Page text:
Southern America and the Influence of Spain and Africa
Southern America is considered as the melting pot of cultures in the world (Banker). Based on their history, these different cultures or traditions were adopted from two of the countries that entered the region. Some of the prevalent traditions in South America were influenced by both Spain and Africa.
One of the most important influences of both these countries is religion. In particular, the Spanish colonizers, who were known as advocates of Roman Catholicism, brought the religion to some parts of South America.
While African slaves who came into the region brought with them the shamanic beliefs and rituals including voodoo (Banker).
Relative to religion are the carnivals or festivities that different parts of the region usually celebrate. The origin of the celebration distinguishes one from the other. Spanish celebrations are mostly related to catholic or religious events, while the African carnival is done to invoke spirits or ward them away (Crawfurd).
The region’s art, including poetry and music, was also strongly influenced by foreign colonizers. The poetry of the greatest Latin American Poet, Pablo Neruda, is in the language of the colonizers although he was born and raised in South America. While the region’s music, the rhythm and beat, has the sound of the Bata’ Drums which is the musical instrument used in Africa (Weems 2-3).
Other forms of art in South America were also touched by the influence of these two countries, even the culinary arts. Because of Spaniards’ love for spices and grilled food, many southern American residents also adopted this in their cooking. They also adopted in their meals the foods that originated from Africa, like breadfruit and plantains (Rodriguez).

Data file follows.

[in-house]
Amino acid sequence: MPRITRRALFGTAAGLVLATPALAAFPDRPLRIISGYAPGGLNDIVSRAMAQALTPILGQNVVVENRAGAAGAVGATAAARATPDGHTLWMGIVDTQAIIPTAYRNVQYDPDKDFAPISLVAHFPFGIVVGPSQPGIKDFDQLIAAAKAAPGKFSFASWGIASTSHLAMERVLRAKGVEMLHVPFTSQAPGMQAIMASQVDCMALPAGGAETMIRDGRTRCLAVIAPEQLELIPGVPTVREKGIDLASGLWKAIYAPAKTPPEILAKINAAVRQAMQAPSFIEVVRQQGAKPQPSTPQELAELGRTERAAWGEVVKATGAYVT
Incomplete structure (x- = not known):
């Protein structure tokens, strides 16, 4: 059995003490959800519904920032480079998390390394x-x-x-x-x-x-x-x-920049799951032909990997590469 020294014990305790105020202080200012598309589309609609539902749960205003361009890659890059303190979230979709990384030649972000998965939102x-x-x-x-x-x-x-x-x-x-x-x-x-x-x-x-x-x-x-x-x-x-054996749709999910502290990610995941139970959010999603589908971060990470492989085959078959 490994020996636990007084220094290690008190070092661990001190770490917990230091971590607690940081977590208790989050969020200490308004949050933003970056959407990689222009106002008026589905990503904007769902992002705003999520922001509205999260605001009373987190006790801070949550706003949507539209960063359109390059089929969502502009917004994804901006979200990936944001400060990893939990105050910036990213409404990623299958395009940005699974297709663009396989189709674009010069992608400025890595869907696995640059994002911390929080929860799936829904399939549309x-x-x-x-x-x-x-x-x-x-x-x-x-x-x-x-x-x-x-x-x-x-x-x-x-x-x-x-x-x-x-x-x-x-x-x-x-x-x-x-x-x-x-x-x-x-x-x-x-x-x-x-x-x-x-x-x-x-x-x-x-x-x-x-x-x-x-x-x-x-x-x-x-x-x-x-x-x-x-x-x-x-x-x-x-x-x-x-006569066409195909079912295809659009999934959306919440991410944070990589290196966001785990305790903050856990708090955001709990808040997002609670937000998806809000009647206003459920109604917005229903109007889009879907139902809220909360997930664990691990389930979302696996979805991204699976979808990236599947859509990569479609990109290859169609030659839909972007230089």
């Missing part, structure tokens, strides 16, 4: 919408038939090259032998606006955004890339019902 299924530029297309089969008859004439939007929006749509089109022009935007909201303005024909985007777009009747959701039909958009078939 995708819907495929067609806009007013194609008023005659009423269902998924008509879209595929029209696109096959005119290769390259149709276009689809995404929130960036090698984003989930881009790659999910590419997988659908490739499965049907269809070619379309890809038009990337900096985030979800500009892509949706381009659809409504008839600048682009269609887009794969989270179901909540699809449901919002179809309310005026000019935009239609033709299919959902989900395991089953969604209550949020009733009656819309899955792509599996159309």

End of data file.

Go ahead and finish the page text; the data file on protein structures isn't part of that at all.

The most significant contribution of Spain and Africa in South America is their language. The Spanish Catalan or Castilian language is widely used in South America, but a small part of the region, mostly in the tribes, adopted the African language (“Text Transcript of Languages on the Continents”).
Apart from these, there are many other parts of the South America’s cultural tradition that were influenced by Spain and Africa. It can be surmised that the culture or language and other aspects of life within a certain region of a country or nation is greatly shaped by the people who came and lived in it. The population defines the country and the populace’s acts may be based on its rich history.
Banker, Mark. “Beyond the Melting Pot and Multiculturalism: Cultural Politics In Southern Appalachia and Hispanic New Mexico.” (2000). Montana: The Magazine of Western History. 29 October 2008 <http://findarticles.com/p/articles/mi_qa3951/is_/ai_n8907248>.
Crawfurd, Jacob. “A short History of carnival with a touch of Africa.” (2004). Coloured Pictures Magazine. 29 October 2008 <http://crawfurd.dk/africa/carnival.htm>.
Rodriguez, Hector. “Introduction to Latin Caribbean Culinary Tastes.” (n.d). Latin Caribbean Food. 29 May 2008 <http://latinfood.about.com/od/latincaribbeancuisine101/p/introlatinfood.htm>.
“Text Transcript of Languages on the Continents.” (2007). National Virtual Translation Center. 29 October 2008 <http://www.nvtc.gov/lotw/flashDemo.html>
Weems, Tawayne. “The African Influence on Arts and Culture in Latin America.” (n.d). Rogers School for the Creative and Performing Arts. 29 October 2008 <www.chatham.edu/pti/PDF/Weems99.pdf>.
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